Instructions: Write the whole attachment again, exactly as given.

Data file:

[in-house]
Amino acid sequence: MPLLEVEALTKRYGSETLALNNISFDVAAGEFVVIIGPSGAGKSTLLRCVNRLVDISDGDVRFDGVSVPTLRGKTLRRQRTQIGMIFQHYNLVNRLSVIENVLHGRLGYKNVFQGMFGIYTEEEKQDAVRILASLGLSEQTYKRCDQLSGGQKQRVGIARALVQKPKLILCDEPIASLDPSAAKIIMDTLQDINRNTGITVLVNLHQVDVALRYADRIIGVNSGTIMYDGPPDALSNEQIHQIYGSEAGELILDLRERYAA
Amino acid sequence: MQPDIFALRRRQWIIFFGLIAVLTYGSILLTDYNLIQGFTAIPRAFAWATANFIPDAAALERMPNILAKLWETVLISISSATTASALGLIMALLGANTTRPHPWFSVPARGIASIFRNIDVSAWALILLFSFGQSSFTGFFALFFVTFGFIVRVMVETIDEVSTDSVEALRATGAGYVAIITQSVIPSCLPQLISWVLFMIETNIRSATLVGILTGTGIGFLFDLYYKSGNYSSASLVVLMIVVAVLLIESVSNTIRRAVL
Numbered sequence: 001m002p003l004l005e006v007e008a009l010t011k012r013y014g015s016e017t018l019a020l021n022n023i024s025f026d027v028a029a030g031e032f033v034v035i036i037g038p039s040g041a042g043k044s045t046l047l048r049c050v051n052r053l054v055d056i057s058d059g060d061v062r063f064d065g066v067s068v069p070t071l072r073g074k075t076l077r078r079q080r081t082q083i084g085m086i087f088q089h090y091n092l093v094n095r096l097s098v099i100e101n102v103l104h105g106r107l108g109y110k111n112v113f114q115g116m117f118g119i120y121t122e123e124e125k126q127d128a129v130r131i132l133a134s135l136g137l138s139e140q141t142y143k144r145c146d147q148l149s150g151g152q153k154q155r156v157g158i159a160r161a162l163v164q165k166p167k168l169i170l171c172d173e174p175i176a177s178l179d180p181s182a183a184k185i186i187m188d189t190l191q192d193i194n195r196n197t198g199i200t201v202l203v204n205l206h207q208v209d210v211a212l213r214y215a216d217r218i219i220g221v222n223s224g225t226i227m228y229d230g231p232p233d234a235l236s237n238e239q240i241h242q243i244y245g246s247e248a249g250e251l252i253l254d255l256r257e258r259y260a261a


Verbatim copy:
[in-house]
Amino acid sequence: MPLLEVEALTKRYGSETLALNNISFDVAAGEFVVIIGPSGAGKSTLLRCVNRLVDISDGDVRFDGVSVPTLRGKTLRRQRTQIGMIFQHYNLVNRLSVIENVLHGRLGYKNVFQGMFGIYTEEEKQDAVRILASLGLSEQTYKRCDQLSGGQKQRVGIARALVQKPKLILCDEPIASLDPSAAKIIMDTLQDINRNTGITVLVNLHQVDVALRYADRIIGVNSGTIMYDGPPDALSNEQIHQIYGSEAGELILDLRERYAA
Amino acid sequence: MQPDIFALRRRQWIIFFGLIAVLTYGSILLTDYNLIQGFTAIPRAFAWATANFIPDAAALERMPNILAKLWETVLISISSATTASALGLIMALLGANTTRPHPWFSVPARGIASIFRNIDVSAWALILLFSFGQSSFTGFFALFFVTFGFIVRVMVETIDEVSTDSVEALRATGAGYVAIITQSVIPSCLPQLISWVLFMIETNIRSATLVGILTGTGIGFLFDLYYKSGNYSSASLVVLMIVVAVLLIESVSNTIRRAVL
Numbered sequence: 001m002p003l004l005e006v007e008a009l010t011k012r013y014g015s016e017t018l019a020l021n022n023i024s025f026d027v028a029a030g031e032f033v034v035i036i037g038p039s040g041a042g043k044s045t046l047l048r049c050v051n052r053l054v055d056i057s058d059g060d061v062r063f064d065g066v067s068v069p070t071l072r073g074k075t076l077r078r079q080r081t082q083i084g085m086i087f088q089h090y091n092l093v094n095r096l097s098v099i100e101n102v103l104h105g106r107l108g109y110k111n112v113f114q115g116m117f118g119i120y121t122e123e124e125k126q127d128a129v130r131i132l133a134s135l136g137l138s139e140q141t142y143k144r145c146d147q148l149s150g151g152q153k154q155r156v157g158i159a160r161a162l163v164q165k166p167k168l169i170l171c172d173e174p175i176a177s178l179d180p181s182a183a184k185i186i187m188d189t190l191q192d193i194n195r196n197t198g199i200t201v202l203v204n205l206h207q208v209d210v211a212l213r214y215a216d217r218i219i220g221v222n223s224g225t226i227m228y229d230g231p232p233d234a235l236s237n238e239q240i241h242q243i244y245g246s247e248a249g250e251l252i253l254d255l256r257e258r259y260a261a